Thursday, November 27, 2003

Voting is, apparently, one of those "grass is greener" things. People are very aware of the drawbacks of whatever voting system they have, and idealize the voting system they don't have. I've tried to explain to friends what Dan Simon explains in a recent blog post -- that no voting system is immune from manipulation and disconcerting results. In fact, in any systematic voting system, one ought to expect unusual results every so often. If the US, with its electoral college system, never had a case where the winner of the popular vote lost the election, one ought to wonder if the system were broke in some way.

Tuesday, November 18, 2003

More evidence that Microsoft is insular: its security experts think security is uncool.
Microsoft security architect Carl Ellison said that one popular culture problem is that security just isn't considered cool. (ref)

That's not borne out by the security experts I meet outside Microsoft who revel in their elite status among geeks. Among sites like SlashDot security is very cool - "black hats" and "white hats" find and identify bugs for the coolness factor. There are also many, many books on security, including some really bad books - an indicator that the publishers are so hungry for books on the topic that they'll publish garbage and people still buy it.

Wednesday, November 12, 2003

One of the quandaries of modern technology and the modern economy is figuring out what it's buying us. Wireless is fun, but it will be even better if it improves productivity. Here's some pretty good evidence it is:
San Mateo's putting a wireless umbrella over the whole California county so that the cops don't have to come back to the police station to synchronize. They say they were spending as much as three hours per day driving back and forth to the police station. It completely changes things. (ref)
I'm sure out of those three hours gained, one is lost again browsing the Web and another is lost again in IMing with buddies, but that's still a significant productivity gain.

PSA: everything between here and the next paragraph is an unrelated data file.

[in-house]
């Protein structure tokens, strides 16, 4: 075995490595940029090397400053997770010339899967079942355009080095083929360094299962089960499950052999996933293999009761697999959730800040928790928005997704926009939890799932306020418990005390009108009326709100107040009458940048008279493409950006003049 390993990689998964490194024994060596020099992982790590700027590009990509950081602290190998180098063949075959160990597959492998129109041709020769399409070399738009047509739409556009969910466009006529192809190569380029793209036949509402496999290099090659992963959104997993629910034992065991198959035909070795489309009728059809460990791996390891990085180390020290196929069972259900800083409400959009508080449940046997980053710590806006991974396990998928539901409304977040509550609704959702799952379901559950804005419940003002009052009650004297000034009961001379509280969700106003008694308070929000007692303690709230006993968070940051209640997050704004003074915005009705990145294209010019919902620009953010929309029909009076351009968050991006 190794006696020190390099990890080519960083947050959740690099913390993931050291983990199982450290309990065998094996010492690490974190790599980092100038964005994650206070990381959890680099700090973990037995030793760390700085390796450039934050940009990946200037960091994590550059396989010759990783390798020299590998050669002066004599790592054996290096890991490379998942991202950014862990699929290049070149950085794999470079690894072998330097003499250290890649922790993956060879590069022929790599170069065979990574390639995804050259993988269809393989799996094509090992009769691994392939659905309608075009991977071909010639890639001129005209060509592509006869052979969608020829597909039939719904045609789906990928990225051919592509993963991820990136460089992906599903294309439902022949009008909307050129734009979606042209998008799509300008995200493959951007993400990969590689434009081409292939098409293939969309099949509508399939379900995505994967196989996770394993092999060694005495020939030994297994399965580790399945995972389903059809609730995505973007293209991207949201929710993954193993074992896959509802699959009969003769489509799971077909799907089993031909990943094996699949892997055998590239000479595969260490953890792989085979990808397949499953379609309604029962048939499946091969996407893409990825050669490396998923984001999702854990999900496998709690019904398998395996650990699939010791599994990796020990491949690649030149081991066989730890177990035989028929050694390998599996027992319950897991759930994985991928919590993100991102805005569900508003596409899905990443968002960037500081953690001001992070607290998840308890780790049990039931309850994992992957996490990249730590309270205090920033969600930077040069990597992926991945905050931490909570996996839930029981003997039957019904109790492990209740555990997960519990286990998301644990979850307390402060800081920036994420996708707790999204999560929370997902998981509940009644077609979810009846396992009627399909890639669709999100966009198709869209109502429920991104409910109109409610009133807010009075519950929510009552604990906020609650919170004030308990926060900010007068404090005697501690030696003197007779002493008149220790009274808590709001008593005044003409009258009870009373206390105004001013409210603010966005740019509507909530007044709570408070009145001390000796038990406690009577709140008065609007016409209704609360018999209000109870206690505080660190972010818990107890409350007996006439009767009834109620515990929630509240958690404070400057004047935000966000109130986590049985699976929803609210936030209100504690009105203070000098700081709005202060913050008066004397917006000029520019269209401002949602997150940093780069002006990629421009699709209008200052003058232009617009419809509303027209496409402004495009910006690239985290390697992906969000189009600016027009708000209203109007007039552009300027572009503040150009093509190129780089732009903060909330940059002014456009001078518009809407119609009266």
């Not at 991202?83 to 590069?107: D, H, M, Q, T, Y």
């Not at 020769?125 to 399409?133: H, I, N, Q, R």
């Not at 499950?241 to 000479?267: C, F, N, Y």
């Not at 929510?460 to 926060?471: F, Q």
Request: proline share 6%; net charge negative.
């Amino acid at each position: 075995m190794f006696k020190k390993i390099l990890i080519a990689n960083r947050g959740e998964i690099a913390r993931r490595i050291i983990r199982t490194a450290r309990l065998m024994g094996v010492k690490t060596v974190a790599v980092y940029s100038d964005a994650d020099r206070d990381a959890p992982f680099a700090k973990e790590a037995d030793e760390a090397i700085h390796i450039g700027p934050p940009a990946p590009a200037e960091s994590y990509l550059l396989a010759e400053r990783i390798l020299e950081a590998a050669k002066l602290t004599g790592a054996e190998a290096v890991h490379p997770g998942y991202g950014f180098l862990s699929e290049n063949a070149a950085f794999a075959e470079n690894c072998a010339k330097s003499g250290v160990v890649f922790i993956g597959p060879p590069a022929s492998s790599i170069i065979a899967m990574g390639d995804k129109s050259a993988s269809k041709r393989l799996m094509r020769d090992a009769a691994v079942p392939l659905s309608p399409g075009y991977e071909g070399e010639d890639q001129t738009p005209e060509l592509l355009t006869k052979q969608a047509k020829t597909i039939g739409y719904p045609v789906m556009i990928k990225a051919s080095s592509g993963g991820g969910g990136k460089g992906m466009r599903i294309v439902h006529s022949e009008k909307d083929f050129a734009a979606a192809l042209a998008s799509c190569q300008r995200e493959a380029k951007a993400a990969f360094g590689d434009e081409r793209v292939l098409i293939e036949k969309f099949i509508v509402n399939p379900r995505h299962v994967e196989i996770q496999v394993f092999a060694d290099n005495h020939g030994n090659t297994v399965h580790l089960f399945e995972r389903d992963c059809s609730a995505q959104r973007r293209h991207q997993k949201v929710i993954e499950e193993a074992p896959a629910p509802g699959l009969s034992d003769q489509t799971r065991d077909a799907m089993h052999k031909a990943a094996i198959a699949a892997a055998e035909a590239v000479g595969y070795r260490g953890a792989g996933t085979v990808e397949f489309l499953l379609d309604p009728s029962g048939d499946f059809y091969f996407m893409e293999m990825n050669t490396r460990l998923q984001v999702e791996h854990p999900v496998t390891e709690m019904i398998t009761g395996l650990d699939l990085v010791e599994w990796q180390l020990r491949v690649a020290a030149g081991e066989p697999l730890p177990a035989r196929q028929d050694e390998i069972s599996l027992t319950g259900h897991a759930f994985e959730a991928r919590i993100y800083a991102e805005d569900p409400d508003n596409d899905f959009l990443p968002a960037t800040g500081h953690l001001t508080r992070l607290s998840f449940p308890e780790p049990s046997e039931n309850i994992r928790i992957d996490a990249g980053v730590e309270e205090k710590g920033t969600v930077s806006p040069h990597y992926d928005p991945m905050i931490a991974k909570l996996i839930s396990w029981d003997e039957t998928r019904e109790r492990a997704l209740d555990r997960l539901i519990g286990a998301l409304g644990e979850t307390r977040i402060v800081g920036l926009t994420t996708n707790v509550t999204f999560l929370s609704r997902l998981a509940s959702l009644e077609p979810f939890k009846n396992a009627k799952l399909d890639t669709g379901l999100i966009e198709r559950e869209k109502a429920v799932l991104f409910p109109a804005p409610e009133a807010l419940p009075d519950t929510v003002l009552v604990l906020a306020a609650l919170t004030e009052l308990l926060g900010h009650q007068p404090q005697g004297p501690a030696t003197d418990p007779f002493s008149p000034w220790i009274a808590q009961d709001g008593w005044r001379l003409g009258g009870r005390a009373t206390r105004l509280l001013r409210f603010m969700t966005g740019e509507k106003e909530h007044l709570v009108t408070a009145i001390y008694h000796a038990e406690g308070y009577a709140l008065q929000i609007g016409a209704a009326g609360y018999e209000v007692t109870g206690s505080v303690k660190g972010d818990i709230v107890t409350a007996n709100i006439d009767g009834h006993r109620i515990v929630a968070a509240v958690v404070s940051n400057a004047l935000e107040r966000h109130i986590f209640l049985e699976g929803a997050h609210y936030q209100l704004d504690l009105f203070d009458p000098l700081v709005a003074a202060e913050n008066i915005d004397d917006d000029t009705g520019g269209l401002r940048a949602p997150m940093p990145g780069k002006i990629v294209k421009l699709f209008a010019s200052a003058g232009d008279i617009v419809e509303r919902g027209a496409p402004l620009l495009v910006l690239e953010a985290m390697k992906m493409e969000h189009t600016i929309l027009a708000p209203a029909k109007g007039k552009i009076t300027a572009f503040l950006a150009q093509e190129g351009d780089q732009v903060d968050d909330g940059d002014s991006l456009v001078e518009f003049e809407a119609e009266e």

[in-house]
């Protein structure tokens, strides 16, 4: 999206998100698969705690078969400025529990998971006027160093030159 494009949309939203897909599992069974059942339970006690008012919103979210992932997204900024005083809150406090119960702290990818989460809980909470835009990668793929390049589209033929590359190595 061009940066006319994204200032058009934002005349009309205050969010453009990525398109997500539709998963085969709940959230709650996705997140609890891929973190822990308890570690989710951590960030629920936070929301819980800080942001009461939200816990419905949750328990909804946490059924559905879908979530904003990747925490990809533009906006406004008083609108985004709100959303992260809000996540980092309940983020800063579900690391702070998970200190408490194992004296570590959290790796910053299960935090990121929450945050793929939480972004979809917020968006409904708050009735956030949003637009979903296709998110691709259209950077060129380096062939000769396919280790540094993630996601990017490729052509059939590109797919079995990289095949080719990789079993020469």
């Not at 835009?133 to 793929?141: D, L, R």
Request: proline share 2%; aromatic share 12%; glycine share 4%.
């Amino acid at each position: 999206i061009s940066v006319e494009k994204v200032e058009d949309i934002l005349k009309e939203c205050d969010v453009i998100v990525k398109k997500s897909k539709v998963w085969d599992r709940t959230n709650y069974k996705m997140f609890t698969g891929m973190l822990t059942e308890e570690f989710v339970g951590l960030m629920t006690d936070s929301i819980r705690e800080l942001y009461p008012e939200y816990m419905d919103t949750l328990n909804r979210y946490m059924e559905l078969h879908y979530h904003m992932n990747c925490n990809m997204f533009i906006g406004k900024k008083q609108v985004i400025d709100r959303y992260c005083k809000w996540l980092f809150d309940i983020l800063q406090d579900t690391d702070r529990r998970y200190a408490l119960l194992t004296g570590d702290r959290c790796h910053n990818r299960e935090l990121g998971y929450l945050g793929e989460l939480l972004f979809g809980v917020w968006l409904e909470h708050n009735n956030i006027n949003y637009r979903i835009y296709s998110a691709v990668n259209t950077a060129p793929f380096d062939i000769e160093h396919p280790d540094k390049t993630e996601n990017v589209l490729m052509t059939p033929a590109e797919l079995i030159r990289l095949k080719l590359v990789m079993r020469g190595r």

Tuesday, November 04, 2003

I talked with my Mom about violent movies recently. She can't watch movies like Reservoir Dogs at all. Movies I find innocuous she finds violent (she found my description of Office Space made it sound too violent for her). She made the inevitable complaint that these movies are trivializing violence and desensitizing us to brutality, blood and death.

I'd like to take the contrarian view that this isn't true but I'm not sure. I first argued weakly that perhaps we weren't really getting desensitized, that she had a sample size of one looking at herself and her reactions to movies and TV news. But I didn't really believe that argument myself - it seems obvious that if you see all of the Terminator movies you're not going to be shocked by Total Recall. My next ineffective argument was that perhaps video violence serves a useful purpose - that we're less likely to panic the first time we see somebody get in a car accident in real life, and we can respond more effectively. But that argument is actually the opposite of my first argument, assuming that desensitization does happen. Apparently studies have been done but I haven't seen anything particularly convincing either way.

It does occur to me that perhaps desensitization isn't the problem we think it is.

  • How broad an effect does desensitization have? If you can watch Lethal Weapon and cheer when Riggs kicks the drug dealer in the nuts and breaks his arm (scene 19C), does this mean you'll cheer when you see somebody do that in the street? Not bloody likely (pun intended). Without the setup of movies, seeing this for real would be terribly upsetting, shocking, and not likely to make you cheer. So maybe desensitization is not that transferrable.
  • What effect does desensitization have? Sure, we don't feel so much like vomiting after years of watching gut-churningly violent movies. But does it necessarily make us approve? Or does a movie like The Gift make us consciously condemn the wife-beater even though that role is played by Keanu Reeves?
  • How does violent entertainment affect us differently? Surely there are many factors that change how violent entertainment affects us, such as age, upbringing, gender and personality. So I've watched a bunch of Jackie Chan movies, and now I take karate class and love it. I don't think I'm more likely to hurt somebody else now though, except in self-defence, and maybe not even then. Is it only a minute fraction of the population that is more likely to commit violence through exposure to violent entertainment?
After three years of effort, my book is out! Thanks to:
  • Eric Rescorla for everything

  • Jim Whitehead and Greg Stein for getting me started, reviewing chapters and writing blurbs

  • Clay Shirky and Larry Masinter for writing more blurbs
  • Radia Perlman for encouragement and having me in her series

  • Brian Korver, Elias Sinderson, Andrew Sieja, Yaron Goland, Geoff Clemm, Terence Spies, Kevin Dick, Gary Gershon and Andrew McGregor for technical reviews and advice

  • Peter Raymond and Rick Rupp for diagram ideas, Keith Ito for his tracer tool

  • Everybody on the various WebDAV mailing lists

  • Rachel Gollub and Rob Alvelais for friendship and support

  • Prentice Hall editors and production staff: Mary Franz, Noreen Regina and Anne Garcia and Techne Group's Dmitri Korzh (for their patience)

  • My mom and dad

My amazon sales rank is 863,536 so far. Whatever that means.

Blog Archive

Creative Commons License
This work is licensed under a Creative Commons Attribution 3.0 Unported License.